Association Between Minimum Inhibitory Concentration, Beta-lactamase Genes and Mortality for Patients Treated With Piperacillin/Tazobactam or Meropenem From the MERINO Study
Clinical infectious diseases : an official publication of the Infectious Diseases Society of America
INTRODUCTION: This study aims to assess the association of piperacillin/tazobactam and meropenem minimum inhibitory concentration (MIC) and beta-lactam resistance genes with mortality in the MERINO trial. METHODS: Blood culture isolates from enrolled patients were tested by broth microdilution and whole genome sequencing at a central laboratory. Multivariate logistic regression was performed to account for confounders. Absolute risk increase for 30-day mortality between treatment groups was calculated for the primary analysis (PA) and the microbiologic assessable (MA) populations. RESULTS: In total, 320 isolates from 379 enrolled patients were available with susceptibility to piperacillin/tazobactam 94% and meropenem 100%. The piperacillin/tazobactam nonsusceptible breakpoint (MIC >16 mg/L) best predicted 30-day mortality after accounting for confounders (odds ratio 14.9, 95% confidence interval [CI] 2.8-87.2). The absolute risk increase for 30-day mortality for patients treated with piperacillin/tazobactam compared with meropenem was 9% (95% CI 3%-15%) and 8% (95% CI 2%-15%) for the original PA population and the post hoc MA populations, which reduced to 5% (95% CI -1% to 10%) after excluding strains with piperacillin/tazobactam MIC values >16 mg/L. Isolates coharboring extended spectrum β-lactamase (ESBL) and OXA-1 genes were associated with elevated piperacillin/tazobactam MICs and the highest risk increase in 30-day mortality of 14% (95% CI 2%-28%). CONCLUSIONS: After excluding nonsusceptible strains, the 30-day mortality difference from the MERINO trial was less pronounced for piperacillin/tazobactam. Poor reliability in susceptibility testing performance for piperacillin/tazobactam and the high prevalence of OXA coharboring ESBLs suggests that meropenem remains the preferred choice for definitive treatment of ceftriaxone nonsusceptible Escherichia coli and Klebsiella.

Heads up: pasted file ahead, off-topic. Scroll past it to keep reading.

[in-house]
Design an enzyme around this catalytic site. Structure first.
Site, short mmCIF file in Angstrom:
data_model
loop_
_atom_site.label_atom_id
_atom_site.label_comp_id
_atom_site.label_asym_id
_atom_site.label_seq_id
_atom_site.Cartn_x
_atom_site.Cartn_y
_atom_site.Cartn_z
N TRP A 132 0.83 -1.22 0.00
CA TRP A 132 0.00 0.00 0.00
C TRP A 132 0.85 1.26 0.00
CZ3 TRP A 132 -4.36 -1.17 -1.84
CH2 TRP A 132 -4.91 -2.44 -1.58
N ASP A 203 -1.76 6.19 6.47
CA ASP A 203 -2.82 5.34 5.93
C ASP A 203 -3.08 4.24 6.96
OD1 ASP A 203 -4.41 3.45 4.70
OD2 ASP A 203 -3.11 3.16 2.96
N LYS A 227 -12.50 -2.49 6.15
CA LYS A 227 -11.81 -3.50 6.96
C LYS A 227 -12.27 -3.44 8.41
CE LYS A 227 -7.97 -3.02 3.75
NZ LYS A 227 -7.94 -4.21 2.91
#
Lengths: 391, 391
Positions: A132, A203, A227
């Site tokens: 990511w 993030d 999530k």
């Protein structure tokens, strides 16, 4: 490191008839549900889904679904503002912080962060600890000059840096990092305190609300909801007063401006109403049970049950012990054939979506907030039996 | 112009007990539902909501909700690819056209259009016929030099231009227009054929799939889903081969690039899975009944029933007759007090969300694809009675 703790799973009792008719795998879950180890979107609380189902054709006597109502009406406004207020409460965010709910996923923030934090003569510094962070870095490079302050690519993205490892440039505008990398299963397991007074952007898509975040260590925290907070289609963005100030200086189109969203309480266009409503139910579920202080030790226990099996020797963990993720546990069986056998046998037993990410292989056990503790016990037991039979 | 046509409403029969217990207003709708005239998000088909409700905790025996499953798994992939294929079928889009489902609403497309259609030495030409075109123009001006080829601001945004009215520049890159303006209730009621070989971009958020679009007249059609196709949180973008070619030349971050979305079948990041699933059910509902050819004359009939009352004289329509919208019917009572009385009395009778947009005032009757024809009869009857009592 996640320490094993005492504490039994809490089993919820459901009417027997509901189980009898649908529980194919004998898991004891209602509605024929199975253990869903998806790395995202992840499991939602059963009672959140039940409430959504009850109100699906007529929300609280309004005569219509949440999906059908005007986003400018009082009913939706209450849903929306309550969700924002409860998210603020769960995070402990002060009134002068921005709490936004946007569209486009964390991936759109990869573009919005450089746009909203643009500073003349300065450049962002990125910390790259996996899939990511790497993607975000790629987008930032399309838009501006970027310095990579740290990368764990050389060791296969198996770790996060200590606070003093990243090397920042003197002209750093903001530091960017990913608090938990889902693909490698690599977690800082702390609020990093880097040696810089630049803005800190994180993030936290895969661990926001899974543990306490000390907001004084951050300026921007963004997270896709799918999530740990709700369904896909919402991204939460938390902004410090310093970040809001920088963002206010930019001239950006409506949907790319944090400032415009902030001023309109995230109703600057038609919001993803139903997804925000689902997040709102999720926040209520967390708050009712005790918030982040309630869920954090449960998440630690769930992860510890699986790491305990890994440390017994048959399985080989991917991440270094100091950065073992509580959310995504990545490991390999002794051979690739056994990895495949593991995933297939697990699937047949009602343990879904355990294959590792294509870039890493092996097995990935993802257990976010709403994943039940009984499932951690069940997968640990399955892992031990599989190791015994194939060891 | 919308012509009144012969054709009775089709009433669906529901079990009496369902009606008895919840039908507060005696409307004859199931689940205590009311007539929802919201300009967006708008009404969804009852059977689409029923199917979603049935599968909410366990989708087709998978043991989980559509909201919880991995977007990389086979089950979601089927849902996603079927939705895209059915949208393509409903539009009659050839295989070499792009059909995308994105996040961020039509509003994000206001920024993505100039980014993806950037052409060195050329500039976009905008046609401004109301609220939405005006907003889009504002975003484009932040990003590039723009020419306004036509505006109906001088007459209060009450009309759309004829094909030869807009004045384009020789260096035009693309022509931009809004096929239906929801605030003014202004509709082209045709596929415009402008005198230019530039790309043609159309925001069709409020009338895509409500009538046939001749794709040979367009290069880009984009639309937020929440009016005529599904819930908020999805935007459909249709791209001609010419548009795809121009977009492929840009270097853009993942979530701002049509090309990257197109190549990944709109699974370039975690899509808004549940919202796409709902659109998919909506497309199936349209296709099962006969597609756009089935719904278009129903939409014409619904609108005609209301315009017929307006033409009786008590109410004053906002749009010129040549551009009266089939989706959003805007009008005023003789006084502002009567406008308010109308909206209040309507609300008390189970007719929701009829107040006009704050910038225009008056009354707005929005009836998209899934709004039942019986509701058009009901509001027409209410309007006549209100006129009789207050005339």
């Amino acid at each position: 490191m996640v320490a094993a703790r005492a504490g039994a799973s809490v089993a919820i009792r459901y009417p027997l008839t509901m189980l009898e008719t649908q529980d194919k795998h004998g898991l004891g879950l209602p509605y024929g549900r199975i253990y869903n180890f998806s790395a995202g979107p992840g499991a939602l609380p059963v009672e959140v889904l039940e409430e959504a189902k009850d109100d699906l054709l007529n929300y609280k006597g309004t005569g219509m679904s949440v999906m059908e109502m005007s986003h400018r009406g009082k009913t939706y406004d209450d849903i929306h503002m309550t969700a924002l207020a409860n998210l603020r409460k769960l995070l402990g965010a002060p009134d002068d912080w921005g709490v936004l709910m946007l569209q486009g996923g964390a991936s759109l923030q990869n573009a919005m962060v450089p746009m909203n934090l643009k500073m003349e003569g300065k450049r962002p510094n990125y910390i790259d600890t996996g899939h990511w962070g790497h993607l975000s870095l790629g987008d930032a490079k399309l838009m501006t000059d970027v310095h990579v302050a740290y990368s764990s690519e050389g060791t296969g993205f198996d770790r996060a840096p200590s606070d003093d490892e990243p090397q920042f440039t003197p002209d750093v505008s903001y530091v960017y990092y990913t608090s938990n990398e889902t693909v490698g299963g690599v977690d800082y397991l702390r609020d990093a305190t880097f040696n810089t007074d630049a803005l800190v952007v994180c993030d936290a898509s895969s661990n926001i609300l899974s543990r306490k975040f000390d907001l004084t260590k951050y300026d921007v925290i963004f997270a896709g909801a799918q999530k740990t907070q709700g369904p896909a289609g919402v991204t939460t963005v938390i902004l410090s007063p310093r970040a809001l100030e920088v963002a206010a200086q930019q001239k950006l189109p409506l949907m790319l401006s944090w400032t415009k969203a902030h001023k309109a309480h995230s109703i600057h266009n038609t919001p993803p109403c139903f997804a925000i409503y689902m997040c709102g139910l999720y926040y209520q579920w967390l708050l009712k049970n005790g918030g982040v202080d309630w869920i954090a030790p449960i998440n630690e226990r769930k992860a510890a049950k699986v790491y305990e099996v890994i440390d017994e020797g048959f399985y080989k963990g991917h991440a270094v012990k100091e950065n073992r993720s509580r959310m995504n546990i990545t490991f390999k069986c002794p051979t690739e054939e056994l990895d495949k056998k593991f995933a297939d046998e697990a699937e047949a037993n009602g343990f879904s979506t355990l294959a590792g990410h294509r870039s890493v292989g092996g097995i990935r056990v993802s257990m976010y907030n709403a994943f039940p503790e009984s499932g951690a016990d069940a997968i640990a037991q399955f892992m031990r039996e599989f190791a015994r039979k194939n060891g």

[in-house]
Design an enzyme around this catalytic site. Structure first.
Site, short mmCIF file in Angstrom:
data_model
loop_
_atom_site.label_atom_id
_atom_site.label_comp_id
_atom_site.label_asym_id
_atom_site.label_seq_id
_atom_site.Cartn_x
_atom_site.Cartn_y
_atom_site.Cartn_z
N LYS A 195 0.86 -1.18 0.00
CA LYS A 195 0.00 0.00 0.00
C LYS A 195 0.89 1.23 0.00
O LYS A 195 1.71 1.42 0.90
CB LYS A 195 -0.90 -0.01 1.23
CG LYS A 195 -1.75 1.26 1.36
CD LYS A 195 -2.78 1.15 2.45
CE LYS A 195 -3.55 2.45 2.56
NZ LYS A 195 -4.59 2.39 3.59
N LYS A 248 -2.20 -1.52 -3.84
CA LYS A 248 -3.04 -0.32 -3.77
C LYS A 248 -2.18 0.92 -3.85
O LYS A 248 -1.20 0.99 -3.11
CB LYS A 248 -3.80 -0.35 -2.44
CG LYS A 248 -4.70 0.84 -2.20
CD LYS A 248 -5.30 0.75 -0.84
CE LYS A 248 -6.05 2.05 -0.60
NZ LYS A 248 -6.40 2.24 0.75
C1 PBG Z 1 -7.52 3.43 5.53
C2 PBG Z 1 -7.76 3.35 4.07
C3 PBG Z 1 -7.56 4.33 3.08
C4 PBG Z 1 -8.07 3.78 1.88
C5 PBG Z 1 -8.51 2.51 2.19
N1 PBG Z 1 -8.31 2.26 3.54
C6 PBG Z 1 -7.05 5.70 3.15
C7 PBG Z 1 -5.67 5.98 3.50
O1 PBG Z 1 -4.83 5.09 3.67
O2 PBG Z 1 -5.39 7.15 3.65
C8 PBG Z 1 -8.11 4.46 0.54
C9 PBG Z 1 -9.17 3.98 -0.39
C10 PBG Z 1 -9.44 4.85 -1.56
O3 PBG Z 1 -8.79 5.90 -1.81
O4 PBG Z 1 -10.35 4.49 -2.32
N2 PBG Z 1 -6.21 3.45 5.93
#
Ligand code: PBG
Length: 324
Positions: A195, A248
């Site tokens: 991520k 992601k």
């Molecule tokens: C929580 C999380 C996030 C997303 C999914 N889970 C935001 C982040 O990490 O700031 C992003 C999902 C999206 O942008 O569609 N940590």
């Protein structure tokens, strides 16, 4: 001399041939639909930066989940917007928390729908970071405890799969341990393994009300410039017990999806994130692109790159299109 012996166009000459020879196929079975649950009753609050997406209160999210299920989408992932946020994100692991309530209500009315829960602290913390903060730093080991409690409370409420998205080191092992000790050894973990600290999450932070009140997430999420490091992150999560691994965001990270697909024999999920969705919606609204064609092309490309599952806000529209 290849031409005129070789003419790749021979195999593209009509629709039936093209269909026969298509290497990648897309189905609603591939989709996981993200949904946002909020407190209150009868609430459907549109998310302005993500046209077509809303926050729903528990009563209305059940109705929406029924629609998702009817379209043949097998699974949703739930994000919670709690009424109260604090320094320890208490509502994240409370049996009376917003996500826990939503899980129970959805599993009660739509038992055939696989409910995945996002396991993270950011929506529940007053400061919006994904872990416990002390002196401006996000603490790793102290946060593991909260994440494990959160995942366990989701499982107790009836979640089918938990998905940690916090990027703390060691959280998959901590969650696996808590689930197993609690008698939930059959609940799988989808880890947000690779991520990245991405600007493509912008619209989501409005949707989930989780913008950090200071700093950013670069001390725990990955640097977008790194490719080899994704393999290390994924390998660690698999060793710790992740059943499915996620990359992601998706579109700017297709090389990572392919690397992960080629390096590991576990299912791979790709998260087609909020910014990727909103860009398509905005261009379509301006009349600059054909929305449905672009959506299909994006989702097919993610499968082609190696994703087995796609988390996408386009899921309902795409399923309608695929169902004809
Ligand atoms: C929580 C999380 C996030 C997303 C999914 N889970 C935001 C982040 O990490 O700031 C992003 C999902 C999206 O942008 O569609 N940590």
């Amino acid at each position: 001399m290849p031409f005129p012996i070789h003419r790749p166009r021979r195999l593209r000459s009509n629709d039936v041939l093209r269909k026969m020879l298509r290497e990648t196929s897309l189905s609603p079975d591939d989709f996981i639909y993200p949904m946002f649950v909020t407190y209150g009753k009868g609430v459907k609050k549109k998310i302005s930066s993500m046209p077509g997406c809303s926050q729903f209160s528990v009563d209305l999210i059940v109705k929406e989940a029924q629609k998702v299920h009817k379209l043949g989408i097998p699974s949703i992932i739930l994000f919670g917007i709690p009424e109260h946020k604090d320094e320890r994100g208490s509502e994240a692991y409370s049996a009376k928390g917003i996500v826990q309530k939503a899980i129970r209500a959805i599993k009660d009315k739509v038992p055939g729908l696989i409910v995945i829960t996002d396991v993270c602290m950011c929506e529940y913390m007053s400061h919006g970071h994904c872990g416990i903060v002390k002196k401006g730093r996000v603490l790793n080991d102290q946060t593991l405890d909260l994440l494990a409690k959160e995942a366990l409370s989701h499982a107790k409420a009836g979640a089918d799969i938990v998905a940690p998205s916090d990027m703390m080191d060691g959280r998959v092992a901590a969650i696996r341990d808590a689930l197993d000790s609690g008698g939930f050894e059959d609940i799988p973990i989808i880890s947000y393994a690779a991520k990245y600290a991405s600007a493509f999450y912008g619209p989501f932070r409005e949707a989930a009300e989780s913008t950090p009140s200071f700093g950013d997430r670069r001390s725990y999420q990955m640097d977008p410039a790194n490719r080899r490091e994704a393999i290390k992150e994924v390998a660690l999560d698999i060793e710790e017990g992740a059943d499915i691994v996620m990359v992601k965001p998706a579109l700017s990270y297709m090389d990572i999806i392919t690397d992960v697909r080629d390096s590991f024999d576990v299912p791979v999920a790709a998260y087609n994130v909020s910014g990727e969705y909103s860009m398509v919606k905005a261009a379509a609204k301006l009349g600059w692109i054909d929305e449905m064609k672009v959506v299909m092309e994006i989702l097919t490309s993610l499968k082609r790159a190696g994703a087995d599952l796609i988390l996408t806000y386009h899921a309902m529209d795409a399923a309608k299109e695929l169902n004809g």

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National Health and Medical Research Council